Our test car also came equipped with the 12-speaker Shaker audio system. The sound is beefy and bass-rich, thanks in part to the large subwoofer that takes a chunk out of trunk space.
Tech pros and cons
+ Ford infotainment systems have finally entered the 21st century.
– The center screen is a touch on the small side, but that’s only a minor flaw.
It’s not often we get to know a car as intimately as this Mustang GT California Special. Driving from New York City down to eastern North Carolina, this Ford could have tested our patience – and wallet – had it been a rough-riding fuel hog. The suspension is firm, of course, though you expect that in a car with 435 horsepower and a Mustang badge on its nose. Thankfully the independent rear suspension makes this sixth-gen ‘Stang a much more capable dance partner when the road gets bumpy, or slick with rain.
Punching the gas is always fun, which is why our city fuel economy numbers were only this side of what you’d get in, say, a Lamborghini or Ford Super Duty pickup.
Point. Rev. Punch gas and go! It never gets old – and passengers expect this kind of childish behavior in a bright red Mustang.
We knocked the Camaro for visibility due to a low greenhouse, so now it’s time to levy some judgement on the Mustang. There is more glass to the outside world, except you’re looking out and over a huge front hood. Be careful when pulling head-on into parking spots, because that front splitter is much lower than you think.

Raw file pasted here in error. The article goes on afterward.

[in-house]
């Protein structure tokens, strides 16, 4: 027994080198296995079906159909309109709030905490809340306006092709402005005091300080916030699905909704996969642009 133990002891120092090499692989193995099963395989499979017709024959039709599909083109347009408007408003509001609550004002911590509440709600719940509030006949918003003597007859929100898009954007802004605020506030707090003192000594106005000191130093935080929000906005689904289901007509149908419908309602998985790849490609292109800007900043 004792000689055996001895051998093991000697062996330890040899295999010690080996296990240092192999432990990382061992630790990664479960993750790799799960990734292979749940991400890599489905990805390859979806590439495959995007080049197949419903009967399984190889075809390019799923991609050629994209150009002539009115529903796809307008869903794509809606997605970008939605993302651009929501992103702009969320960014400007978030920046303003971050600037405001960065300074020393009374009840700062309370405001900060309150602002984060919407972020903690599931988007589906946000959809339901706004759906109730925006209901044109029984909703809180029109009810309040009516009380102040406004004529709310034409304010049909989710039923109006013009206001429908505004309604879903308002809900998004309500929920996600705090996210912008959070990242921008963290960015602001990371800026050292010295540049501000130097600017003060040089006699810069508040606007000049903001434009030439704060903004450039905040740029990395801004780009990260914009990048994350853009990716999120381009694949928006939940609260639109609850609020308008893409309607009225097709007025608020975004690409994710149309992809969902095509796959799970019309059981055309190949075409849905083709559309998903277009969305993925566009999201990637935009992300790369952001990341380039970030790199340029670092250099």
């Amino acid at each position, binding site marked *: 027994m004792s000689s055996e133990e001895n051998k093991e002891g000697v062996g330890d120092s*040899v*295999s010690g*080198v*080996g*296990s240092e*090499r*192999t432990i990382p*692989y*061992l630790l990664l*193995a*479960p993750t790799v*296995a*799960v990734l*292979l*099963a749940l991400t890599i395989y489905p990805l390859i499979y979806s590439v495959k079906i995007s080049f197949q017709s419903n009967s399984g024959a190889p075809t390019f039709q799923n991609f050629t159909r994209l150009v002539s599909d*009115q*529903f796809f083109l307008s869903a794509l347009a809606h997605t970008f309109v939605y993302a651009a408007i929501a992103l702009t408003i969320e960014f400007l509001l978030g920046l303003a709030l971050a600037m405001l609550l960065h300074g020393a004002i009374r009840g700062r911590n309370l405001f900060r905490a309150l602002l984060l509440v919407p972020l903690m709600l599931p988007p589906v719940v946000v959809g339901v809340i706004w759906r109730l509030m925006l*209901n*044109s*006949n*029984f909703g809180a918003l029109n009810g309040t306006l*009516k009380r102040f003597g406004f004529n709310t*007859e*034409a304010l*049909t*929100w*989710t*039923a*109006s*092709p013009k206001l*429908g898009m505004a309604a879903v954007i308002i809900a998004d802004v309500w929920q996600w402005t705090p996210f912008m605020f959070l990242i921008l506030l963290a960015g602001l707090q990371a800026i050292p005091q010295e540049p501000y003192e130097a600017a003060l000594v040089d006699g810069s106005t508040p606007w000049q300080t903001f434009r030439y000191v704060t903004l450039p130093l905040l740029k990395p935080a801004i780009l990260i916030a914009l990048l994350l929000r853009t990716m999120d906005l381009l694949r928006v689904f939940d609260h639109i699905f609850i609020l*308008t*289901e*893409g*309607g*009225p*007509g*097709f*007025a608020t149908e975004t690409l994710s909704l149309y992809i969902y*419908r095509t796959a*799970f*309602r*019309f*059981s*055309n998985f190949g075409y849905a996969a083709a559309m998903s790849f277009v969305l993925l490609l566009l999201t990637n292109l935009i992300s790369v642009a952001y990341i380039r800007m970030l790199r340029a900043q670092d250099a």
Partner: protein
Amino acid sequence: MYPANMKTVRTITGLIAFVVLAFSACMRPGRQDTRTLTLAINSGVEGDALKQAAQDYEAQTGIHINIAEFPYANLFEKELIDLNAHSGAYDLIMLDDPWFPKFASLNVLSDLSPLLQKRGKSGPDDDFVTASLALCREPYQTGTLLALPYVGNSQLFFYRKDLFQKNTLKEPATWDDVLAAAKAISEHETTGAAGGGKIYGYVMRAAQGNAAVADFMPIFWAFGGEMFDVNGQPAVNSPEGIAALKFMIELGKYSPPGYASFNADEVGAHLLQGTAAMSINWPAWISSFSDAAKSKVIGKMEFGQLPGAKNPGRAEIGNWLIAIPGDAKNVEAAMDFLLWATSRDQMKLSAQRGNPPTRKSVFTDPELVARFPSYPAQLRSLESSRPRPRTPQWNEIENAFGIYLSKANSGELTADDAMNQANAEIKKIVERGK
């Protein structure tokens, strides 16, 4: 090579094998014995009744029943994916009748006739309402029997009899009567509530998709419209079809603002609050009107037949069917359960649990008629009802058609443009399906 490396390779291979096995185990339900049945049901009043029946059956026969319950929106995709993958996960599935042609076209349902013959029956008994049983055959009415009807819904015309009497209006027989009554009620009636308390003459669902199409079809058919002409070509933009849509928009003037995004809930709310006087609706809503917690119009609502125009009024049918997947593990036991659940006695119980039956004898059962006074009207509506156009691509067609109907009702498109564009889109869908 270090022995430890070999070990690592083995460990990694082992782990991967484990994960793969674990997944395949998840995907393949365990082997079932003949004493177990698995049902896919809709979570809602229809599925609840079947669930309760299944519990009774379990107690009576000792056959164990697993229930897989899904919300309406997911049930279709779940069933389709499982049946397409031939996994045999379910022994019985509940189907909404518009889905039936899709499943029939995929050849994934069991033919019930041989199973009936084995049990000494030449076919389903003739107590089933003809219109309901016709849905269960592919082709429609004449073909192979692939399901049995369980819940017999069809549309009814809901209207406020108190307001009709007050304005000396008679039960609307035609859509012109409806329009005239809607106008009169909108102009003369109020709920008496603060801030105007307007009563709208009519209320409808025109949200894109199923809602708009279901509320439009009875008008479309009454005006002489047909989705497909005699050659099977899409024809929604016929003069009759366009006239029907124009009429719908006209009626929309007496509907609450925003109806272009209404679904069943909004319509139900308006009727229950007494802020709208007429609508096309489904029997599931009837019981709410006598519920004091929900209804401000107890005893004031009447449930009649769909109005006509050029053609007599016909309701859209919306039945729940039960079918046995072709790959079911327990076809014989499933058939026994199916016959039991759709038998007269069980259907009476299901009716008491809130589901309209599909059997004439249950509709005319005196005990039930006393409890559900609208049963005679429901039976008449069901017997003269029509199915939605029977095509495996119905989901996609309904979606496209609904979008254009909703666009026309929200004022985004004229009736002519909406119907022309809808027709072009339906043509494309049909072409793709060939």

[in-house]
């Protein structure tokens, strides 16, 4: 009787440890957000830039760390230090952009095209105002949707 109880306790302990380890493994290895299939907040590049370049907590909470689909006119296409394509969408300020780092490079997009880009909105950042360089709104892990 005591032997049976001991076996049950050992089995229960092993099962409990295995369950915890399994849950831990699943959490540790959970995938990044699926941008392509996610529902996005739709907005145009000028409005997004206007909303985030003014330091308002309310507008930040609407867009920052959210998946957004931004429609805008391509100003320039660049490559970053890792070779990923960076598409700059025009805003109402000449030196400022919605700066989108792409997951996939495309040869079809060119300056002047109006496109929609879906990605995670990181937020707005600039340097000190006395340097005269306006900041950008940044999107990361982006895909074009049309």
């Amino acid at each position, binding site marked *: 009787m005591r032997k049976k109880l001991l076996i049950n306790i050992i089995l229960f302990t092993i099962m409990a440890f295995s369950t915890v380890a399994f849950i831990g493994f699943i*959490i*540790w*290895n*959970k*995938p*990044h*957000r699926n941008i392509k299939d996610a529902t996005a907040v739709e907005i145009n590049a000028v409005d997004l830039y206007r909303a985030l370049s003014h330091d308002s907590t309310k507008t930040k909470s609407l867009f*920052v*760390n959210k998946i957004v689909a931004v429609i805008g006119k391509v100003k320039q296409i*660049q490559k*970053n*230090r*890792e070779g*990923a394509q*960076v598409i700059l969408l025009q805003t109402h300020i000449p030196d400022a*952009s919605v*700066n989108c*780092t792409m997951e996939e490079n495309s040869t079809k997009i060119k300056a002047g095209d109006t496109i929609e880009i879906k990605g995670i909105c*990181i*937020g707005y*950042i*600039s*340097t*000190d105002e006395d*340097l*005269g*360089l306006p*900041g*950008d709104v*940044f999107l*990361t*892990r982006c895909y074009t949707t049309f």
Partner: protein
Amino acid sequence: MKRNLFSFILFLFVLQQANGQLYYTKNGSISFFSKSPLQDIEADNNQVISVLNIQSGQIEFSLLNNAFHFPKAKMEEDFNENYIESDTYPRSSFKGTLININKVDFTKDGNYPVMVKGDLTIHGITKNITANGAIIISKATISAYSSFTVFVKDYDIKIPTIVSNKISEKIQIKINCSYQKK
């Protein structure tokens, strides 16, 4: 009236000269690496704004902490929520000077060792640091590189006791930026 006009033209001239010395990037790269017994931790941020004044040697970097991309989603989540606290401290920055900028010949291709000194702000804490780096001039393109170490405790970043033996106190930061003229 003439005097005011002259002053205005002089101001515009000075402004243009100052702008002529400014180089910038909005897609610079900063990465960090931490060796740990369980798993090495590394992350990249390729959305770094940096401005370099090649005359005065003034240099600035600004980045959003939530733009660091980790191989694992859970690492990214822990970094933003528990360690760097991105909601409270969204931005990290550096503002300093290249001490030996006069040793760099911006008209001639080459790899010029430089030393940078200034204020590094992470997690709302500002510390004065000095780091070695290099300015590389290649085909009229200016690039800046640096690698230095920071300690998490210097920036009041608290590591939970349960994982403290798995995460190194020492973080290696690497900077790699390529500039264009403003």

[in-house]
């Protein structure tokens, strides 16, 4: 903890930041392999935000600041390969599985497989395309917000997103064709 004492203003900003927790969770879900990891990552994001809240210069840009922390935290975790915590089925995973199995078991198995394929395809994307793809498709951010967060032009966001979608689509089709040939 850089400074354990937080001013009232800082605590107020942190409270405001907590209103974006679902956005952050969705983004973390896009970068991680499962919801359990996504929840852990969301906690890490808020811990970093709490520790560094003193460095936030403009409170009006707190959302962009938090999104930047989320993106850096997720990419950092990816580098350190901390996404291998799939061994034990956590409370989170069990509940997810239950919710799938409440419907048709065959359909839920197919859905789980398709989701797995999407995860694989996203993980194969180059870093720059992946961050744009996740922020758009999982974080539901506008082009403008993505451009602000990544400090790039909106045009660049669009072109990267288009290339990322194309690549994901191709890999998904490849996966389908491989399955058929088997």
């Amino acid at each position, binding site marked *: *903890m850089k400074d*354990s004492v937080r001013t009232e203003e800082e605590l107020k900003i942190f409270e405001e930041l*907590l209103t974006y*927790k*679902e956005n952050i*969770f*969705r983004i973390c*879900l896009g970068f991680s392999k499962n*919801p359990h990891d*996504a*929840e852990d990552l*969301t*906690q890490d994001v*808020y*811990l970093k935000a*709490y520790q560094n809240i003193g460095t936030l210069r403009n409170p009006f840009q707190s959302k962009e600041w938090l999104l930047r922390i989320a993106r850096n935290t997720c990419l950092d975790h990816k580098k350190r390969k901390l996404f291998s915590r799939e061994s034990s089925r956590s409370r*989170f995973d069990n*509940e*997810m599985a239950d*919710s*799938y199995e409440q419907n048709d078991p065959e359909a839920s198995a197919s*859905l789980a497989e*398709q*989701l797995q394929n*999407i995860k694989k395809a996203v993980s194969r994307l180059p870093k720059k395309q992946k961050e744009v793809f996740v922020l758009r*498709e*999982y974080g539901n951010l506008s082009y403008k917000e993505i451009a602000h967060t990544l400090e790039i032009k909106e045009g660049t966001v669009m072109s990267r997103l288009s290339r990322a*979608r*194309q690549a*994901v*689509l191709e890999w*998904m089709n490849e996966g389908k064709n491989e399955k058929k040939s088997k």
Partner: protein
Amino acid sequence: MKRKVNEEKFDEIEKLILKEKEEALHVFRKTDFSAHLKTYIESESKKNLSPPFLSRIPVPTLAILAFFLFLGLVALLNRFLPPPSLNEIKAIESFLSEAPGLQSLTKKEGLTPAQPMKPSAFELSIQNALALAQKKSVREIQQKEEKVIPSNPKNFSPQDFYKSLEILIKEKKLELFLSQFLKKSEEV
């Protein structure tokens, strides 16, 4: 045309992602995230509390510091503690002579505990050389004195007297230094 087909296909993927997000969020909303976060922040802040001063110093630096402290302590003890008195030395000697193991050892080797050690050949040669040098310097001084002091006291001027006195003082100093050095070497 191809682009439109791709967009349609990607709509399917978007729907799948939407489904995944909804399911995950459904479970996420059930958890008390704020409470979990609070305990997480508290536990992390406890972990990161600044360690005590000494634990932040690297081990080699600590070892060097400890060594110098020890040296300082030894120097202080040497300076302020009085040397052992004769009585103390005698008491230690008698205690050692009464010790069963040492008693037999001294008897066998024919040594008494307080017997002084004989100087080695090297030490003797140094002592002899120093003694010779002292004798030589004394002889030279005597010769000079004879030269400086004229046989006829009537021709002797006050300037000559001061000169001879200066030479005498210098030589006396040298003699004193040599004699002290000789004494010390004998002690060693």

The handling does a good job of letting you know what each wheel is doing, even if ultimate grip is usually decided by the gas pedal and not the steering wheel.
Wrap up and review
For $1,995, the California Special package is a bargain when it comes to injecting extra attitude into the Mustang GT. You do have to pony up roughly $33,000 for the V8-powered Mustang, and that’s before the extra cost of the California Special package and other add-ons. This is still a whole lot of car for the money, considering the blend of power, heritage, and tough-guy styling.
We know, the automatic on our test car might lose points for ultimate coolness. But for a 10-plus hour road-trip, the transmission was a capable companion. Our only regret is that the six-speed manual would have made it easier to rev the 5.0-liter V8 at every red light and stop sign.
Room in the back stinks, plain and simple. Yet cargo room isn’t bad for two people and a week’s worth of luggage – not to mention a dog crate mounted behind the front seats. This is a very modern and livable muscle car, one that could definitely serve as a daily driver without rattling you to pieces.